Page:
Unless specified differently in this guideline, institutions must not take account of physical or financial collateral, guarantees or other credit risk mitigation techniques to reduce the exposure measure. In addition, netting of loans and deposits is not allowed. [Basel Framework, LEV 30.2]
An institution's total exposure measure is the sum of the following exposures:
[Basel Framework, LEV 20.5]
Institutions should be particularly vigilant to transactions and structures that have the result of inadequately capturing institutions' sources of leverage. Examples of these transactions and structures may include:
[Basel Framework, LEV 30.6]
The above list of examples is by no means exhaustive. OSFI will consider a range of actions to address such transactions that are not adequately captured in the leverage ratio exposure measure or that may lead to a potentially destabilising deleveraging process. Supervisory actions may include requiring enhancements in institutions' management of leverage, imposing operational requirements (e.g., additional reporting to OSFI) and/or requiring that the relevant exposure is adequately capitalised through a Pillar 2 capital charge. These examples of supervisory actions are merely indicative and by no means exhaustive. [Basel Framework, LEV 30.6]
To facilitate the implementation of monetary policies, OSFI may temporarily exempt central bank reserves from the leverage ratio exposure measure in exceptional macroeconomic circumstances. To maintain the same level of resilience provided by the leverage ratio, when this exemption is applied, OSFI will also increase the calibration of the minimum leverage ratio requirement commensurately to offset the impact of exempting central bank reserves. In addition, in order to maintain the comparability and transparency of the Basel III leverage ratio framework, institutions will be required to disclose the impact of any temporary exemption alongside ongoing public disclosure of the leverage ratio without application of such exemption. [Basel Framework, LEV 30.7]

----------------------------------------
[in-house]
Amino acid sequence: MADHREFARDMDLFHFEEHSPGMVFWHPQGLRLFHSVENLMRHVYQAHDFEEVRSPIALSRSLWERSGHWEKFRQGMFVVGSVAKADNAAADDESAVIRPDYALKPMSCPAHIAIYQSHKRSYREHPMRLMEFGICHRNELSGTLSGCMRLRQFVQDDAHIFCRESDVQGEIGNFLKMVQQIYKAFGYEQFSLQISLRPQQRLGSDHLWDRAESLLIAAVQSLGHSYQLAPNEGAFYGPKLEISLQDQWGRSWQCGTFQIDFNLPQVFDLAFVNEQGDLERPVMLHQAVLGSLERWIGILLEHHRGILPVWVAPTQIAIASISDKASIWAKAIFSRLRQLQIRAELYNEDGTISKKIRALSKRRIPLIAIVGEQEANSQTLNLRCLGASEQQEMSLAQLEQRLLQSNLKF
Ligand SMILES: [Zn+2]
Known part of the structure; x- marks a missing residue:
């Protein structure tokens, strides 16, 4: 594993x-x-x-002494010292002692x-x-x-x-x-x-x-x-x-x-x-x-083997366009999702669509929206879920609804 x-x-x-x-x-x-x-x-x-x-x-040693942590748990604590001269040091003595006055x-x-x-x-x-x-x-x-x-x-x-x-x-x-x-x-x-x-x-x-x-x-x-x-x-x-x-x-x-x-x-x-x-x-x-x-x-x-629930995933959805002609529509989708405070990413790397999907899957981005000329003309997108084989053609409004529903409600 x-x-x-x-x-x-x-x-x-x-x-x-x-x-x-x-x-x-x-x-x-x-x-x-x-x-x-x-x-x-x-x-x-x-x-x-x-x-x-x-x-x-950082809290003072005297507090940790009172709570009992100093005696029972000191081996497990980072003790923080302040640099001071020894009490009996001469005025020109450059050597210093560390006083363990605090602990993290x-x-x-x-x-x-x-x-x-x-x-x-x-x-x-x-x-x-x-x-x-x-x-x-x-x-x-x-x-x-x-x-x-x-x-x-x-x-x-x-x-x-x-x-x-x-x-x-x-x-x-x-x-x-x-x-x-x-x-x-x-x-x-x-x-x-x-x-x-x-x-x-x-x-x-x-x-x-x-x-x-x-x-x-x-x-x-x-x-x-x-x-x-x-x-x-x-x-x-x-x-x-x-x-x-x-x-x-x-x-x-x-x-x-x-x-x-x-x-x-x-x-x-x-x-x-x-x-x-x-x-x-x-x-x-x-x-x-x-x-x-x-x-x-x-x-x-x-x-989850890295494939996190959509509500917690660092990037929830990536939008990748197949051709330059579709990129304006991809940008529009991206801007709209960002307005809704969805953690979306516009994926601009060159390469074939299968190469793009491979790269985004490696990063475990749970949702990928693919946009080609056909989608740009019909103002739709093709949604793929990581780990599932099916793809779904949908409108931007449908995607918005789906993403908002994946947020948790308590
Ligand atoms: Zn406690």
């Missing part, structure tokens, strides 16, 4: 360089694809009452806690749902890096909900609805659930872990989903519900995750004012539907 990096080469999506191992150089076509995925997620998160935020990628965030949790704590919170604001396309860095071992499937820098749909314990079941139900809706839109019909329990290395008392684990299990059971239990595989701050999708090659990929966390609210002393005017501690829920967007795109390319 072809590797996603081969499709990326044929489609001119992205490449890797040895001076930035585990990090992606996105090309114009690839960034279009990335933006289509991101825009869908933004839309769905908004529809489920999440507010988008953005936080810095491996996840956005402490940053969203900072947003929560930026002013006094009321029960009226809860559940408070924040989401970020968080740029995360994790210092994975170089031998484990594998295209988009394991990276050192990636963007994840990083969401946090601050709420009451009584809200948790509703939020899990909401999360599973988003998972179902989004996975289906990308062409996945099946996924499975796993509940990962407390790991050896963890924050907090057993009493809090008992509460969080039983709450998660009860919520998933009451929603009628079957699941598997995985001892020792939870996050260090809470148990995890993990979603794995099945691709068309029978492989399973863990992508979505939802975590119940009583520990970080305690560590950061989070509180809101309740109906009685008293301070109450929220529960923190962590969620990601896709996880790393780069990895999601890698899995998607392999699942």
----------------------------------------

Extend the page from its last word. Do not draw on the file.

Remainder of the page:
Institutions must include all balance sheet assets in their exposure measure, including on-balance sheet derivatives collateral and collateral for SFTs, with the exception of on-balance sheet derivative and SFT assets that are covered in paragraphs 37 to 60 below. [Basel Framework, LEV 30.8]
However, to ensure consistency, balance sheet assets deducted from Common Equity Tier 1 (CET1) capital or Additional Tier 1 capital (as set out in section 2.3 of the CAR Guideline) may be deducted from the exposure measure. Three examples follow:
[Basel Framework, LEV 30.3]